Born in 1752, Little Turtle grew up in Miami villages along the Eel River near the town of Kekionga, modern Fort Wayne, Indiana. The Miamis established prominence through the matrilineal line. Little Turtle’s mother was Mahican and thus he was not slated for leadership as an adult. Little Turtle, however, earned distinction on the battlefield. On November 5, 1780, Little Turtle attacked and summarily defeated a French force bent on the capture of Detroit under Augustine de la Balme near Kekionga.
In the 1783 Treaty of Paris that ended the American Revolution, Great Britain ceded Little Turtle’s homeland to the United States. Congress initiated treaty negotiations with the tribes of the Old Northwest and settlers soon began pouring over the Ohio River. In order to protect the settlers, Brig. Gen. Josiah Harmar launched a campaign from Cincinnati in the autumn of 1790 with the objective of building a fort at Kekionga. Apprised of Harmar’s approach the Miamis and neighboring Shawnees abandoned their towns. Harmar’s lead elements arrived at occupied Kekionga on October 16. Three days later, Harmar dispatched Col. John Hardin toward the Eel River towns. Little Turtle, with about 150 warriors, ambushed Hardin and defeated the Americans before they could reach the river. The victory prompted Harmar to abandon the expedition and he withdrew south as the warriors moved back into Kekionga.
Hoping to salvage his fortunes, Harmar dispatched Capt. John P. Wyllys back to Kekionga on October 22. At a ford along the Maumee River, Little Turtle once again ambushed the Americans putting them to flight and solidifying Harmar’s fate. These victories helped forge an alliance with Blue Jacket, the primary war chief of the Shawnees along with the Chippewa, Delaware, Ottawa, and Potawatomi.
Harmar’s replacement, Maj. Gen. Arthur St. Clair, marched another army north from Cincinnati the following fall. At a bend in the Wabash River on the morning of November 4, 1791, Little Turtle and Blue Jacket attacked St. Clair. The ensuing battle resulted in the worst defeat ever inflicted on the U.S. Army by a Native American force.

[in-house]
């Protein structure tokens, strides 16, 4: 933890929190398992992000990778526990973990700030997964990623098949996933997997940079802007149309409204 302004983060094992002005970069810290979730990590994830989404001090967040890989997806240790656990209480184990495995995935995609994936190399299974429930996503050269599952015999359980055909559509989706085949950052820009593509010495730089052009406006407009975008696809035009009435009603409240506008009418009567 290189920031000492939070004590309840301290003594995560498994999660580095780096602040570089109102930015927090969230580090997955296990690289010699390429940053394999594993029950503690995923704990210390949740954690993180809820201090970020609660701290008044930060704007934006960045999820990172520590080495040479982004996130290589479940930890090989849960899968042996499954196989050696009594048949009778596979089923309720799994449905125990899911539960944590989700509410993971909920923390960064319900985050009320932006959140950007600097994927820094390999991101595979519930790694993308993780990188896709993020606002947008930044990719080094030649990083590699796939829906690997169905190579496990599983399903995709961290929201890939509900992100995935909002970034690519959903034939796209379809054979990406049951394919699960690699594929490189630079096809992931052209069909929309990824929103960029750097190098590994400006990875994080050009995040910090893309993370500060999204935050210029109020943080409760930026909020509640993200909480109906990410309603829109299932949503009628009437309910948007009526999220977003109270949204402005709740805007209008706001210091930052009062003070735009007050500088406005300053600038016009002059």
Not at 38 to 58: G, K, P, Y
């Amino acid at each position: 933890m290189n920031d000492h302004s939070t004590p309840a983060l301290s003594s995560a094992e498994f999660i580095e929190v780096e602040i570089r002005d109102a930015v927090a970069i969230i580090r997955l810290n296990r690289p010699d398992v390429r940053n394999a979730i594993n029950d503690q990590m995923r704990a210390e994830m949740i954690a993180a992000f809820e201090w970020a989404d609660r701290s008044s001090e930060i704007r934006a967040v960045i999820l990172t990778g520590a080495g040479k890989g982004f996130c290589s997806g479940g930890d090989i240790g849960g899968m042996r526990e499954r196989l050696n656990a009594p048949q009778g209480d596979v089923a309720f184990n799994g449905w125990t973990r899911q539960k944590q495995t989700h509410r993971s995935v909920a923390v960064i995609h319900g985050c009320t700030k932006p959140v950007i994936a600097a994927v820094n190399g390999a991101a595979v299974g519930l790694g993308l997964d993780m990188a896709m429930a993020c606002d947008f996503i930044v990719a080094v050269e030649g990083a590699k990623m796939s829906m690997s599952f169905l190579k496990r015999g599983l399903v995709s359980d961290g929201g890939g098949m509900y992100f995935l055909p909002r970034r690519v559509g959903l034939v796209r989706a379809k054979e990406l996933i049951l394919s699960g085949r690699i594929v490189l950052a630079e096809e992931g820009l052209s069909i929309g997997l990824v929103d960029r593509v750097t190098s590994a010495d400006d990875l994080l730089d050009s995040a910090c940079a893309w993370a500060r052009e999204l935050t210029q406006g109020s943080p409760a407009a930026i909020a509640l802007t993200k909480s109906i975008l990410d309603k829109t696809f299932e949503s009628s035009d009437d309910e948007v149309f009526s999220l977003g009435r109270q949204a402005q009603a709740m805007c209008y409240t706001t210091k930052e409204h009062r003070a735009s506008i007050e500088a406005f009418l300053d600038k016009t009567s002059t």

In March 1792, President George Washington appointed Anthony Wayne to command and reorganize the army. Unlike his predecessors, Wayne met with success and defeated Little Turtle and Blue Jacket’s confederation at the Battle of Fallen Timbers on August 20, 1794. The engagement convinced the chiefs that further resistance was futile. Wayne invited them to negotiate at Fort Greenville in the spring of 1795. Although Little Turtle objected to the discussions, the two sides agreed to a treaty ending hostilities and giving the United States three quarters of the modern state of Ohio. A couple weeks after the agreement, Little Turtle met privately with Wayne and pledged to live in peace with the United States.
Little Turtle returned home to Kekionga, now occupied by Fort Wayne. In his transition to peace, he became an advocate for the welfare of the Miami. He traveled East and met with President George Washington and later with Presidents John Adams and Thomas Jefferson. Little Turtle received a smallpox inoculation from Dr. Benjamin Rush and became acquainted with the Polish engineer and Revolutionary War veteran, Thaddeus Kosciuszko. He worked closely with the Society of Friends to stamp out alcohol abuse among his people. As relations between the United States and Native Americans spiraled toward conflict once again in 1812, Little Turtle remained an ardent voice for peace. He passed away of gout on July 14, 1812. On July 4, 1914 his grave was accidentally uncovered during a construction project on Lawton Place in Fort Wayne. Among the items found was a pistol presented to Little Turtle by Kosciuszko. One historian remarked Little Turtle was “the greatest of all Miamis and perhaps the greatest Indian who ever lived.”